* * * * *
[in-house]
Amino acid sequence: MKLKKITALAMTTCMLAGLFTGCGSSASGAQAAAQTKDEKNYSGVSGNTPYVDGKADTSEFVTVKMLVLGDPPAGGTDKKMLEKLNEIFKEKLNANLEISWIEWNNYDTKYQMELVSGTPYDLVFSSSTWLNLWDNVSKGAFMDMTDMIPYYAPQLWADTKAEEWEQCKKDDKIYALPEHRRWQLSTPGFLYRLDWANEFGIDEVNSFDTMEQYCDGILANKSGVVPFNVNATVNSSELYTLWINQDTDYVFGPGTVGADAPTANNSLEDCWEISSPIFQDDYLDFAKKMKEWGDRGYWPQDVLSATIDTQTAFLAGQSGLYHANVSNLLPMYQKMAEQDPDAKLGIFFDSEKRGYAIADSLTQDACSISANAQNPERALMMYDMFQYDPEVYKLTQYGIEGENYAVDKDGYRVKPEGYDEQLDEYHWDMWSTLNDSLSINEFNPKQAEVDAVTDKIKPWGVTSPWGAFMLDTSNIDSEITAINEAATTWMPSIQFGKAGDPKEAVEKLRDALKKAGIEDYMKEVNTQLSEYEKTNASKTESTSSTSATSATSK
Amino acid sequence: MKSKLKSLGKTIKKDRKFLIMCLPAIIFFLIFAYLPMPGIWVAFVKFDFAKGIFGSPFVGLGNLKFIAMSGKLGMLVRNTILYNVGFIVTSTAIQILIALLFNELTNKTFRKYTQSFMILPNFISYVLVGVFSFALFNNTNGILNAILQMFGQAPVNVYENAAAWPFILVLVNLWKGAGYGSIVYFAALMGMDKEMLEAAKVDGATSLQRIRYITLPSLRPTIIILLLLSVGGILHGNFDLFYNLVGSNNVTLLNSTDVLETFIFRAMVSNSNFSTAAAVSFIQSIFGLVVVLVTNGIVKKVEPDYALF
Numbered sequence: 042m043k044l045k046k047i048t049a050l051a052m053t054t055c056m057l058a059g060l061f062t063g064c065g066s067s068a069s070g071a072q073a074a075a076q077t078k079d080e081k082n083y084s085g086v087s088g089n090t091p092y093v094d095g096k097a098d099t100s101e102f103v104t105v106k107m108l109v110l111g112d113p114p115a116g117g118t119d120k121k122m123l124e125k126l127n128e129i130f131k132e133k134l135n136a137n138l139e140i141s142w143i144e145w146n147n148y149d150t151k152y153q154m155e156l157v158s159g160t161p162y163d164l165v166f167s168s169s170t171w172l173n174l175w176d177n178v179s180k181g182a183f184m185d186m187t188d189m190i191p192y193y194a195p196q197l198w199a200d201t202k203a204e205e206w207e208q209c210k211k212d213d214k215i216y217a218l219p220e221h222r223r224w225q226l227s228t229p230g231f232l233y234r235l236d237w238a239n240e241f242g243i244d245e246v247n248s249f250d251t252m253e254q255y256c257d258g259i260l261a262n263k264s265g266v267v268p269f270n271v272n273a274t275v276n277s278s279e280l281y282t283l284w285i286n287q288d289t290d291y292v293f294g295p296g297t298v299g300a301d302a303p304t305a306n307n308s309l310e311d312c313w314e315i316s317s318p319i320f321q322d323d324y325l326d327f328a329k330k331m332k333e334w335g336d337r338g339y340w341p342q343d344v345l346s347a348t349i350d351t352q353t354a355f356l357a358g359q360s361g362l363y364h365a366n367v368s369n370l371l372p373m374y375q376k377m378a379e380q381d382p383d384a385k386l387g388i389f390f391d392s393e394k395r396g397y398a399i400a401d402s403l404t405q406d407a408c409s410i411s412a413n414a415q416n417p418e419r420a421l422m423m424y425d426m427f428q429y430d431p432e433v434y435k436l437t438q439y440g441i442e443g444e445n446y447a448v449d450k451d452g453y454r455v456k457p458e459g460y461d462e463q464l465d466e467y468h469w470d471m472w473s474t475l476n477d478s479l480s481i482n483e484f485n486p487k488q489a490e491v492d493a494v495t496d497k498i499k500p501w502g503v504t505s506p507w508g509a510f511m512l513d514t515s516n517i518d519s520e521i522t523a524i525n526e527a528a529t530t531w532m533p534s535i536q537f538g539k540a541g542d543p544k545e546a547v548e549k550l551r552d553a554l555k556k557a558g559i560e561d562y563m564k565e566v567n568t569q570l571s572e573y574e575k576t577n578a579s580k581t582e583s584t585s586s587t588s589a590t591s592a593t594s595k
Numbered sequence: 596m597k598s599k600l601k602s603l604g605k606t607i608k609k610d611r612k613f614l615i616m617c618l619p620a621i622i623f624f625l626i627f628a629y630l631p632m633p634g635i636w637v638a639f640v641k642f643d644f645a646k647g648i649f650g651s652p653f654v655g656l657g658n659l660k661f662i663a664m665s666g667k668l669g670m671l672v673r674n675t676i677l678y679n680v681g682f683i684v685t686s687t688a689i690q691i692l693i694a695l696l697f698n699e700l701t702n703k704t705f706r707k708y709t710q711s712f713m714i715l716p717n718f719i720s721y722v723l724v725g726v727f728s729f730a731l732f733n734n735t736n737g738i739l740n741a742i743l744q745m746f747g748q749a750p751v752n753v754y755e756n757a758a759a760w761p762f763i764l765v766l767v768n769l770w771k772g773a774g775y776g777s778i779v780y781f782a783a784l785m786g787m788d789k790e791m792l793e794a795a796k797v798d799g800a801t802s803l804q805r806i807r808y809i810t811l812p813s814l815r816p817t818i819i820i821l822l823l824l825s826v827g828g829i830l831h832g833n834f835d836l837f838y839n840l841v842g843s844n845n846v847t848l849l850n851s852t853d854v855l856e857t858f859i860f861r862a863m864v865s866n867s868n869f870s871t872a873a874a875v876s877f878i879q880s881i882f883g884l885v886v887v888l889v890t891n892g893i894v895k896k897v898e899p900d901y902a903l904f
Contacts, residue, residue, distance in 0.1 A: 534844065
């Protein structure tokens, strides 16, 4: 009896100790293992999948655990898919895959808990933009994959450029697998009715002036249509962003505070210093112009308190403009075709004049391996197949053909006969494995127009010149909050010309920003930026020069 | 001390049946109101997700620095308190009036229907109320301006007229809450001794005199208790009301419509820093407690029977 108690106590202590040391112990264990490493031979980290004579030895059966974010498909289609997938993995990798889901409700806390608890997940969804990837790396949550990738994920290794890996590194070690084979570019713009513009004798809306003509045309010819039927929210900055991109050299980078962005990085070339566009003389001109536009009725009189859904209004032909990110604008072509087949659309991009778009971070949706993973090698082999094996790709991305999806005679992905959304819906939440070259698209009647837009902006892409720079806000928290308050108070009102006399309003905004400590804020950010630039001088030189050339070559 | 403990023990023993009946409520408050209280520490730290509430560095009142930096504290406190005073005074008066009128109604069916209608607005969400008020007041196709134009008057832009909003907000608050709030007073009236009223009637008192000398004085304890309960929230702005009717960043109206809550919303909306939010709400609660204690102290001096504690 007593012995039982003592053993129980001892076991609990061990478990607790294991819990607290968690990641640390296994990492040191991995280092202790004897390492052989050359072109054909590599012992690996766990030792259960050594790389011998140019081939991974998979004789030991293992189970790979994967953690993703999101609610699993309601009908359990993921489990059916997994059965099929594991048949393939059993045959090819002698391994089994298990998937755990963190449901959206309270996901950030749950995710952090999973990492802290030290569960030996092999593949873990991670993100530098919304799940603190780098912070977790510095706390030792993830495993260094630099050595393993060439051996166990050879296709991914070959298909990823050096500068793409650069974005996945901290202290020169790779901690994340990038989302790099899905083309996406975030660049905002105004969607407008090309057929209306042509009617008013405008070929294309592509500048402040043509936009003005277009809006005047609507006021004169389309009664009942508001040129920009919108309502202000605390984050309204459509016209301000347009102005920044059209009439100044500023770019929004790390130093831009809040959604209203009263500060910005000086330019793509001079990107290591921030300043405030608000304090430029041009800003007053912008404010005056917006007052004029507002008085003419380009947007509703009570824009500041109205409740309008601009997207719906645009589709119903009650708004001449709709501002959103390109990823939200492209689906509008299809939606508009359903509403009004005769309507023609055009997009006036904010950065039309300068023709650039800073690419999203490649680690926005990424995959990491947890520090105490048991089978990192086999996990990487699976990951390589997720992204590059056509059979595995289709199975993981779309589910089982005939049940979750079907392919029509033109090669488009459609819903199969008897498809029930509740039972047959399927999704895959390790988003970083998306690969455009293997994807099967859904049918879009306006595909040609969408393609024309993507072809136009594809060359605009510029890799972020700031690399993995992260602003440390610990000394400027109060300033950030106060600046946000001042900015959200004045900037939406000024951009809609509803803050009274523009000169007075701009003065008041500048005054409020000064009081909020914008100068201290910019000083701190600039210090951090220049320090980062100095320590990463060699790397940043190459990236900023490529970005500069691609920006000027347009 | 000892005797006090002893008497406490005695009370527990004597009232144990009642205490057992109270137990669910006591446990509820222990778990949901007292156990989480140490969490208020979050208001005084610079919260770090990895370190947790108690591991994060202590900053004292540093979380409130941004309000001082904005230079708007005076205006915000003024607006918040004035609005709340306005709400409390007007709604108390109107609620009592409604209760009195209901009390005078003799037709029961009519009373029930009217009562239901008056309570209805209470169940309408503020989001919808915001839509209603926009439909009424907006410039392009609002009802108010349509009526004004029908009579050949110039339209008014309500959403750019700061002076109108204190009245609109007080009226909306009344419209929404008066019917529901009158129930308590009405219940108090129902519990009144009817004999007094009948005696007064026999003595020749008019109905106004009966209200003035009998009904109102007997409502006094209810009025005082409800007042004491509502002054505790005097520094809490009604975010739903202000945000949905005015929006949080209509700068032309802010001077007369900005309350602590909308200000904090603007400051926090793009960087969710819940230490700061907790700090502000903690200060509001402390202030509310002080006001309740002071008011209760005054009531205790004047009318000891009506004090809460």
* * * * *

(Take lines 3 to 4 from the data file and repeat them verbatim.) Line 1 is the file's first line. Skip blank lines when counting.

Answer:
Amino acid sequence: MKSKLKSLGKTIKKDRKFLIMCLPAIIFFLIFAYLPMPGIWVAFVKFDFAKGIFGSPFVGLGNLKFIAMSGKLGMLVRNTILYNVGFIVTSTAIQILIALLFNELTNKTFRKYTQSFMILPNFISYVLVGVFSFALFNNTNGILNAILQMFGQAPVNVYENAAAWPFILVLVNLWKGAGYGSIVYFAALMGMDKEMLEAAKVDGATSLQRIRYITLPSLRPTIIILLLLSVGGILHGNFDLFYNLVGSNNVTLLNSTDVLETFIFRAMVSNSNFSTAAAVSFIQSIFGLVVVLVTNGIVKKVEPDYALF
Numbered sequence: 042m043k044l045k046k047i048t049a050l051a052m053t054t055c056m057l058a059g060l061f062t063g064c065g066s067s068a069s070g071a072q073a074a075a076q077t078k079d080e081k082n083y084s085g086v087s088g089n090t091p092y093v094d095g096k097a098d099t100s101e102f103v104t105v106k107m108l109v110l111g112d113p114p115a116g117g118t119d120k121k122m123l124e125k126l127n128e129i130f131k132e133k134l135n136a137n138l139e140i141s142w143i144e145w146n147n148y149d150t151k152y153q154m155e156l157v158s159g160t161p162y163d164l165v166f167s168s169s170t171w172l173n174l175w176d177n178v179s180k181g182a183f184m185d186m187t188d189m190i191p192y193y194a195p196q197l198w199a200d201t202k203a204e205e206w207e208q209c210k211k212d213d214k215i216y217a218l219p220e221h222r223r224w225q226l227s228t229p230g231f232l233y234r235l236d237w238a239n240e241f242g243i244d245e246v247n248s249f250d251t252m253e254q255y256c257d258g259i260l261a262n263k264s265g266v267v268p269f270n271v272n273a274t275v276n277s278s279e280l281y282t283l284w285i286n287q288d289t290d291y292v293f294g295p296g297t298v299g300a301d302a303p304t305a306n307n308s309l310e311d312c313w314e315i316s317s318p319i320f321q322d323d324y325l326d327f328a329k330k331m332k333e334w335g336d337r338g339y340w341p342q343d344v345l346s347a348t349i350d351t352q353t354a355f356l357a358g359q360s361g362l363y364h365a366n367v368s369n370l371l372p373m374y375q376k377m378a379e380q381d382p383d384a385k386l387g388i389f390f391d392s393e394k395r396g397y398a399i400a401d402s403l404t405q406d407a408c409s410i411s412a413n414a415q416n417p418e419r420a421l422m423m424y425d426m427f428q429y430d431p432e433v434y435k436l437t438q439y440g441i442e443g444e445n446y447a448v449d450k451d452g453y454r455v456k457p458e459g460y461d462e463q464l465d466e467y468h469w470d471m472w473s474t475l476n477d478s479l480s481i482n483e484f485n486p487k488q489a490e491v492d493a494v495t496d497k498i499k500p501w502g503v504t505s506p507w508g509a510f511m512l513d514t515s516n517i518d519s520e521i522t523a524i525n526e527a528a529t530t531w532m533p534s535i536q537f538g539k540a541g542d543p544k545e546a547v548e549k550l551r552d553a554l555k556k557a558g559i560e561d562y563m564k565e566v567n568t569q570l571s572e573y574e575k576t577n578a579s580k581t582e583s584t585s586s587t588s589a590t591s592a593t594s595k